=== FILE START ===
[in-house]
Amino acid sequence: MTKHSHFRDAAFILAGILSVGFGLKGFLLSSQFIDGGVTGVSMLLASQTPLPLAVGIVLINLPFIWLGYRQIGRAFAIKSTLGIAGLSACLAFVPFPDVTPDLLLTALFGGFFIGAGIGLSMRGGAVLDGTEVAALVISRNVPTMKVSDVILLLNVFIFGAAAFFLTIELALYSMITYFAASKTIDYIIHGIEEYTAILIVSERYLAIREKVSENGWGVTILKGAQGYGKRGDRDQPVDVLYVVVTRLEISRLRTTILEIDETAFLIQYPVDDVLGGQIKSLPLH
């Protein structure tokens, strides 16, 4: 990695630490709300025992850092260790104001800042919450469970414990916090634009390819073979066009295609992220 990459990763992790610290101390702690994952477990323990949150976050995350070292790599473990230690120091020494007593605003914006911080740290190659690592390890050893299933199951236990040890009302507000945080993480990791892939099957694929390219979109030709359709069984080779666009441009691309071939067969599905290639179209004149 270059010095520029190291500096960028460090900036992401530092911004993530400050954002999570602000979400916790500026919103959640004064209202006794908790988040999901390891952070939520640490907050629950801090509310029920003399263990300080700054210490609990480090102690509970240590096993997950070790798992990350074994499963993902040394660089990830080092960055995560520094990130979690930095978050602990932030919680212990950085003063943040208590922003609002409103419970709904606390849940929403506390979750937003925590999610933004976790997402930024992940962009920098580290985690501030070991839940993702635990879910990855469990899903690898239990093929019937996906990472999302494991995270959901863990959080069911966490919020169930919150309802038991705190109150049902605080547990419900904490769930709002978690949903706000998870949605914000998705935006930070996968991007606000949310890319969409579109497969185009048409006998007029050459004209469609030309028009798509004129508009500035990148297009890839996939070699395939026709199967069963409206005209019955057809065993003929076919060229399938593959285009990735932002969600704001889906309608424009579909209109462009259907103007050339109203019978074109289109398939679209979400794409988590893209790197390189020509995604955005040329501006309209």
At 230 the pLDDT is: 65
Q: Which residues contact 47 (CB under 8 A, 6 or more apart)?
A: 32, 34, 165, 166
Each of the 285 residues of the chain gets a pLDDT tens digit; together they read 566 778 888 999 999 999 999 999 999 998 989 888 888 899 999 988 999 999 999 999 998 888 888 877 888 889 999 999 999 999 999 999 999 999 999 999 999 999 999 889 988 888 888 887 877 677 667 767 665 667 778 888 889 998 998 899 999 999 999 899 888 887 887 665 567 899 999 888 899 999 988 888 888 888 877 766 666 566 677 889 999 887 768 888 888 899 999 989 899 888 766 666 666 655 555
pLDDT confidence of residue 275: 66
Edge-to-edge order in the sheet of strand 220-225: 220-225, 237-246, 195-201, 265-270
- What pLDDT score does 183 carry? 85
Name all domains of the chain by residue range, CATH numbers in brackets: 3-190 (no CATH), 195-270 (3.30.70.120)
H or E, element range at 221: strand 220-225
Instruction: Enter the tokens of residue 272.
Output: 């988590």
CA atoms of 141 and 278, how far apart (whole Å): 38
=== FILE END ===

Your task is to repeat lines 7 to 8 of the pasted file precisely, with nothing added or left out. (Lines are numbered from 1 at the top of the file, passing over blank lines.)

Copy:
Each of the 285 residues of the chain gets a pLDDT tens digit; together they read 566 778 888 999 999 999 999 999 999 998 989 888 888 899 999 988 999 999 999 999 998 888 888 877 888 889 999 999 999 999 999 999 999 999 999 999 999 999 999 889 988 888 888 887 877 677 667 767 665 667 778 888 889 998 998 899 999 999 999 899 888 887 887 665 567 899 999 888 899 999 988 888 888 888 877 766 666 566 677 889 999 887 768 888 888 899 999 989 899 888 766 666 666 655 555
pLDDT confidence of residue 275: 66